Colombia’s Caribbean Coast – Beaches on a Budget

12 03 2012

SOUTH AMERICA – THE JOURNEY PART 30

Colombia’s Caribbean Coast (on a budget)

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Normally when you mention sun, beaches and ruby sunsets an explosion of “oohs” resonates around the room. Yet when you disclose the high price tag, the “ooohs” turn to low murmured “arghs”.

But it needn’t be so. Colombia’s Caribbean coast indulges those on a shoestring budget with hammock swinging cheapness, jungle-draped bays and the occasional flamingo.

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Guatape – Painting the Town Red (and Blue and Green)

8 12 2011

SOUTH AMERICA – THE JOURNEY PART 29
COLOMBIA

Guatape, near Medellin, central Colombia

Guatape’s animated streets are adorable: a labyrinth of dynamic scenes that adorn house facades and flow into the town’s plaza. Café-goers spill out onto the table-strewn roadsides clutching their café tintos y pan (black coffee and bread) while a few blocks away lies an islet-woven lake, Guatape’s main draw with national tourists.

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But the mystery of Guatape is this: despite its undeniable charm and phenomenal views, only a handful of foreign visitors wind up here. Which makes it a perfect getaway destination to spend a few days, but be warned, you may linger longer than expected.

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Cocora Valley: Tall Trees and Fluttering Wings

30 11 2011

SOUTH AMERICA – THE JOURNEY PART 28
COLOMBIA

Cocora Valley, the coffee zone, central Colombia

Only 11 kilometres from the cappuccino-sipping town of Salento lies another world completely. In Cocora Valley the menu is simple: a dose of tranquility, eye-boggling scenery, a side helping of cowboys and a sprinkling of the world’s tallest palm trees.

Available to devour in one or two days.

Wax plam trees in Cocora Valley, the tallest palms in the world. I’m in the bottom left-hand corner, for scale.

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Salento farmer wakes up and smells the coffee

24 07 2011

It’s one of the world’s most consumed drugs. It has a lethal dosage intake of 50 percent and withdrawal symptoms can include schizophrenia, anxiety attacks and depression.

Not surprisingly, Colombia is one of the top producers.

The name of the drug?

Caffeine. As found in coffee.

Beans from one of Tim Edward's coffee plants

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Grassy hills of Tatacoa Desert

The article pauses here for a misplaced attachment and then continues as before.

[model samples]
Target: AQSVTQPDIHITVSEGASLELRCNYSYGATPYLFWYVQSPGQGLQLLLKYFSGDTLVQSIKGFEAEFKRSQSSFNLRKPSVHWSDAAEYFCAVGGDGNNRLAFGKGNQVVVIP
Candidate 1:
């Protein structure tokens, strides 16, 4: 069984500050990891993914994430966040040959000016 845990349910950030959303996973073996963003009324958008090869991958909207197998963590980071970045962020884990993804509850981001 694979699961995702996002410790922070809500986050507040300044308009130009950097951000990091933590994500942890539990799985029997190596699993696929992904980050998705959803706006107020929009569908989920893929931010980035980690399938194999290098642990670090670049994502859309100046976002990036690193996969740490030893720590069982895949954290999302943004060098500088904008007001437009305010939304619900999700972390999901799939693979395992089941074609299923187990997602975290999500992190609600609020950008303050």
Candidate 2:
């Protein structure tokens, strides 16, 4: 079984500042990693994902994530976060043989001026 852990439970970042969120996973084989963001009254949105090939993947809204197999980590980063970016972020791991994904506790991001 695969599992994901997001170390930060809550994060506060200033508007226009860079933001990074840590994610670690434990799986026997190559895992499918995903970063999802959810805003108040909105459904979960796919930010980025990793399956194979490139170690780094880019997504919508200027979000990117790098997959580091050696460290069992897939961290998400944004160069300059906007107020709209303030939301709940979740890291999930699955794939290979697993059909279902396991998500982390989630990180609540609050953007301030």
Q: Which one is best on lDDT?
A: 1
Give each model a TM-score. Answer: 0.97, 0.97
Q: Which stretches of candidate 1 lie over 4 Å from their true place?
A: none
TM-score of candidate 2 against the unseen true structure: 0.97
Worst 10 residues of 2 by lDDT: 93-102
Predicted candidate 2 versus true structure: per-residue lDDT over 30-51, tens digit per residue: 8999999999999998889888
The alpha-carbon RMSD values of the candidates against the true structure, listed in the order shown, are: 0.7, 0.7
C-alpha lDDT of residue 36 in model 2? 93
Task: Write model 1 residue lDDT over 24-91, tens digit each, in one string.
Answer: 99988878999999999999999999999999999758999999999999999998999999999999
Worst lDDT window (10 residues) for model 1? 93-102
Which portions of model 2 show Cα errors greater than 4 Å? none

20 07 2011

SOUTH AMERICA – THE JOURNEY PART 27
COLOMBIA

Tatacoa Desert (El Desierto de la Tatacoa), southwest Colombia

Tucked away between verdant hills lies Colombia’s second largest desert. Tree-lined roads lead to the parched dust bowl of Tatacoa where rust and white sand dunes reach out across the bizarre landscape.

A cactus at twilight in Tatacoa Desert

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A Photo Tour of Quito, Ecuador

16 07 2011

SOUTH AMERICA
ECUADOR

Quito, the capital of Ecuador

Ecuador’s capital city boasts rich colonial architecture, thronging streets and a transport system that outweighs most other South American metropolises.

Churches abound in the Old Town, with their grand doors and spires spiralling above the city. Columns and balconies adorn many buildings while parks and gardens give the city a ‘green’ streak.

Yes, it’s a place that I loved, a city that outranks all other capitals in South America. It’s Quito.

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PHOTOGRAPHS COPYRIGHT OF WWW.SOUTHAMERICAJOURNEYS.WORDPRESS.COM





Latitude Zero – Straddling the Equator in Ecuador

13 07 2011

SOUTH AMERICA – THE JOURNEY PART 26
ECUADOR

Quito – standing on the equator at Inti-Ñan 

I gasped in amazement at the best news I’d heard since eating my greasy breakfast; I’d magically lost over two pounds in weight by simply shifting my location.

A group of six of us were standing in the southern hemisphere in Quito, Ecuador. Several metres away and we’d be in the northern hemisphere.

“Move onto the yellow line,” Nataly, a guide at Inti-Ñan museum told us. We did so dutifully.
“You’re all 2.2 pounds lighter than a few seconds ago.”
Puzzled faces stared back at her waiting for some logical explanation.
“If you look down you’ll see that now you’re all standing on the equator line. Due to less gravitational pull here you weigh less.”

I beamed triumphantly. Weight reduction in South America is about as common as a subtle Latino man – it simply doesn’t exist. In a continent that consumes fried food on a daily basis, any amount of weight shiftage, whether momentary or not, deserves a grin.

Nataly smiled back, proud to show us that we were actually standing on latitude zero. “Follow me,” she said.

Just north of Quito in Ecuador runs the equator line

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